Our Founding Constitutional Principles
Our Constitution is just as relevant today as when it was ratified. The principles are timeless and applicable to any nation who values individual liberty. The best way to revive America’s greatness is by returning to these first principles.
Natural Law, Natural Rights, and Moral Order
The Declaration of Independence stated that humankind’s unalienable rights--endowed by our Creator--include life, liberty, and the pursuit of happiness. The Constitution codifies protections against government infringement of individual rights, liberty, and property.
These individual rights included freedom of religion, freedom of speech, freedom of the press, the right to keep and bear arms, the rights to privacy against unreasonable searches and seizures, due process rights, property rights, and minimal regulatory authority of commerce.
Government Derives its Power from the Consent of the Governed
John Locke was instrumental in developing social contract theory, which is the basis for our Constitution. The Founders viewed the Constitution as a contract with “We the People.” The federal government was created by the people and for the people to establish and maintain a civil society and is granted powers by the people to do that.
The Constitution established several republican safeguards to prevent a monarchial system (the oligarchy or autocracy of their time, which they fought for independence from) or the populist (mob) rule of a true democracy (which they wisely viewed as tyranny of the majority).
These safeguards included geographically distributed representation, the electoral college system of electing the President, and state legislature selection of U.S. Senators (eliminated by the 17th Amendment).
The Founders intertwined republicanism with limits to centralized power, as well as the sharing of power with the states (federalism). In fact, our governing system is better described as a constitutional federal republic.
Limited and Enumerated Powers
This principle underscores that the federal government was formed for performing specific functions and duties. Article 1 Sect. 8 of the Constitution lists the enumerated powers of Congress, Article II, Sect. 2 lists Executive branch powers, and Article III, Sect. 2 lists powers of the Judicial branch.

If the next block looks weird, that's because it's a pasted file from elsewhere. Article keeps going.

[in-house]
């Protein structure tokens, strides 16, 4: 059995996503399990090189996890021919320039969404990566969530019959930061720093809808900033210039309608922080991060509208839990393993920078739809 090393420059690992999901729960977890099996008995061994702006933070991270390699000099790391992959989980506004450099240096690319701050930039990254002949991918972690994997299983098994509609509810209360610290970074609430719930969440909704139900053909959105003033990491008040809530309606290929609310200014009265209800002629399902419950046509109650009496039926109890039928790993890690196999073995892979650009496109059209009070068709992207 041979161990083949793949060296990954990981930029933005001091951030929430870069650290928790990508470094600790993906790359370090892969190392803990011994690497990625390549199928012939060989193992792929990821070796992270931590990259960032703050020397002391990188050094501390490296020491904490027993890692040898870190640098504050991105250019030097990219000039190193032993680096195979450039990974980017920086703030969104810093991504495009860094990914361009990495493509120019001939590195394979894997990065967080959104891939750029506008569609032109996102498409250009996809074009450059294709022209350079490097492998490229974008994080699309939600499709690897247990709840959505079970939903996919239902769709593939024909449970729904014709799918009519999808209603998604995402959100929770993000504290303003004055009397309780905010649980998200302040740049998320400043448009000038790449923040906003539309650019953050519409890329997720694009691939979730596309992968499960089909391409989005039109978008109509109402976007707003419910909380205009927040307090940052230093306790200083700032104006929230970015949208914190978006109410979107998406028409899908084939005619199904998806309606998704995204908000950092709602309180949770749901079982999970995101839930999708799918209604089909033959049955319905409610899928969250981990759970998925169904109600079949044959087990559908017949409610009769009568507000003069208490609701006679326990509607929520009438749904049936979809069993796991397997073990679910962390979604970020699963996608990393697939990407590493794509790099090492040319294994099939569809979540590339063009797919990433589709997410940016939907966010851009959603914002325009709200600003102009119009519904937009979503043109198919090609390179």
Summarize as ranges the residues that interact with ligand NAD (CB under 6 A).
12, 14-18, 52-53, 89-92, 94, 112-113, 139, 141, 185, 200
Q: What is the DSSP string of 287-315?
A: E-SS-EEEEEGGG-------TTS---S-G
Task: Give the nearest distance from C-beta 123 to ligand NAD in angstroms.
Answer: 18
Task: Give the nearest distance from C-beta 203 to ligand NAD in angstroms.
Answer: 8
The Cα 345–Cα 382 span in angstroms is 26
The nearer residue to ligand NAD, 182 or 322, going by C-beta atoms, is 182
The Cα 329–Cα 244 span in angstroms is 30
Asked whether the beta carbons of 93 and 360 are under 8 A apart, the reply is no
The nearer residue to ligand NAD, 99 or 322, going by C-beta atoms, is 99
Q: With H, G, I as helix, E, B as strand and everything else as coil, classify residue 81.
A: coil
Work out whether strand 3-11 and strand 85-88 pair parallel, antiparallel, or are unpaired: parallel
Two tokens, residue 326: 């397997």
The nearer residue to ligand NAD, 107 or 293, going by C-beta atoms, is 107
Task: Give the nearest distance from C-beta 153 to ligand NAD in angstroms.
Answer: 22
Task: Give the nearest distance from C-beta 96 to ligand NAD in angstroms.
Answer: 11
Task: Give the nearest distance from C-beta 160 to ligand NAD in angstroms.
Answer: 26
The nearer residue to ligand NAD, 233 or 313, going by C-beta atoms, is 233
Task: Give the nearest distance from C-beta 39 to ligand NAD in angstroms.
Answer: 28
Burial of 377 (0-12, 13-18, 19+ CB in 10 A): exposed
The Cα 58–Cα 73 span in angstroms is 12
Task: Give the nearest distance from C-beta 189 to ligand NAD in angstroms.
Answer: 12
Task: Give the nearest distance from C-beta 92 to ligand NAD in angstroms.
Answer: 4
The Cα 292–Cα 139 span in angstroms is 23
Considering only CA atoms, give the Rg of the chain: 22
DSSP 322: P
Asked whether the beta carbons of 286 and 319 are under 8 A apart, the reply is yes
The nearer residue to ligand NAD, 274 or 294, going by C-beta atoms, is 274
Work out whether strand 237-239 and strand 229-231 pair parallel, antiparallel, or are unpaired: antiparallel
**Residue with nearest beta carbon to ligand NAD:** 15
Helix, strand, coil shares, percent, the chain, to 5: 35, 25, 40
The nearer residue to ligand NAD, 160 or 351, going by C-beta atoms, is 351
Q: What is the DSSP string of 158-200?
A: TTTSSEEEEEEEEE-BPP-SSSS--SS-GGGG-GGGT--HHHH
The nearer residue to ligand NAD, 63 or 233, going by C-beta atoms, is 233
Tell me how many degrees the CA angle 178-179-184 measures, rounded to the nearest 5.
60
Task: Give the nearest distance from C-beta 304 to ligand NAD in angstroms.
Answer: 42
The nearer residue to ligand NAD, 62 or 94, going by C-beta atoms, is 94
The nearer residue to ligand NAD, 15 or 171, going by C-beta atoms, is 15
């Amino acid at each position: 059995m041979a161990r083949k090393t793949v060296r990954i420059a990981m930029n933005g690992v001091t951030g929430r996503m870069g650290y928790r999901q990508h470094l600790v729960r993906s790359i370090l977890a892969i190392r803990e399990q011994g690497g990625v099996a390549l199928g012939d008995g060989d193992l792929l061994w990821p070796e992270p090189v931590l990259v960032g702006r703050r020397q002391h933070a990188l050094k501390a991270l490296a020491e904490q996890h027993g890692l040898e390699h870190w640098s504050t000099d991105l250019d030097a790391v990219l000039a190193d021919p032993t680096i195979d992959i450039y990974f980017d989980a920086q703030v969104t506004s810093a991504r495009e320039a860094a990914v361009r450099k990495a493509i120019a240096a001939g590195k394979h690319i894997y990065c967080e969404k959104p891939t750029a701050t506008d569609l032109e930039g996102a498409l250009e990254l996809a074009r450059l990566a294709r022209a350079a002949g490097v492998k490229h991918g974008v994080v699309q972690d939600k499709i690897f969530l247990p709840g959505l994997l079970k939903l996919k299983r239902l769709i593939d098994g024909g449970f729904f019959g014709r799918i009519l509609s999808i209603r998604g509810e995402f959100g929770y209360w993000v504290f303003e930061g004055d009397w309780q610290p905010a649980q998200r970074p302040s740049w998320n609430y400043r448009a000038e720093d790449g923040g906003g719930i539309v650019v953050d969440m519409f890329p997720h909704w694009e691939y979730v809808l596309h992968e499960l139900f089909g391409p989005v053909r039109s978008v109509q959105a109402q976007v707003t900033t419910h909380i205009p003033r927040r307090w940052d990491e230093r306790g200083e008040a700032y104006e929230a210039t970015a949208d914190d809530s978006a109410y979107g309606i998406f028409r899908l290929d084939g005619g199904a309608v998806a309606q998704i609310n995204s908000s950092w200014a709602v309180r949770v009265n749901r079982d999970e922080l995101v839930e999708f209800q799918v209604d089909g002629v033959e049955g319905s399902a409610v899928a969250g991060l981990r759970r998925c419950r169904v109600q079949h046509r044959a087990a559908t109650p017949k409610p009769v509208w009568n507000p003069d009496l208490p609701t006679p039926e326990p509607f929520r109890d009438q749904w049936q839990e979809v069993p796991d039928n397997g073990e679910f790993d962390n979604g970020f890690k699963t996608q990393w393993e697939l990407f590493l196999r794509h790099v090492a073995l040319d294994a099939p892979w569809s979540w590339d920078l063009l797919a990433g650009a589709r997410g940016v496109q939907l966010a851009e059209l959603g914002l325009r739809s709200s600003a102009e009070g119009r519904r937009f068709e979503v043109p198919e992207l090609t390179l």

The limit to federal powers and enumeration of powers intended by the Founders have been grossly abused and expanded by subsequent generations, especially during, but not limited to, the Progressive era.
These powers, as originally intended, should only be expanded or diminished by amendments, and even then should adhere to our founding constitutional principles.
Separation of Powers and Checks and Balances
The Enlightenment philosopher Montisquieu articulated the principle that concentrating power in any single branch of government leads to tyranny.
Articles I, II, and III of the Constitution creates three branches of government with independent powers and responsibilities--legislative, executive, and judicial--to prevent concentration of power.
Several checks and balances were implemented, including legislative bicameralism, the President's veto power, Congress’s impeachment power, and power of the purse.
A bicameral legislature (with equal Senate representation and proportional House representation) was heavily deliberated and carefully constructed by the Framers at the Constitutional Convention in 1787. As spelled out in Article I of the Constitution, the House of Representatives--with its shorter terms, frequent elections, and more geographically distributed electoral districts--is more accountable to the people.
The Senate, with its longer terms, was intended to be a more deliberative body looking out for the states' interests, not subject to the whims of a given election cycle. The Senate was established with equal state representation regardless of population, which favored small states, while the House was established with proportional representation, favoring more populous states.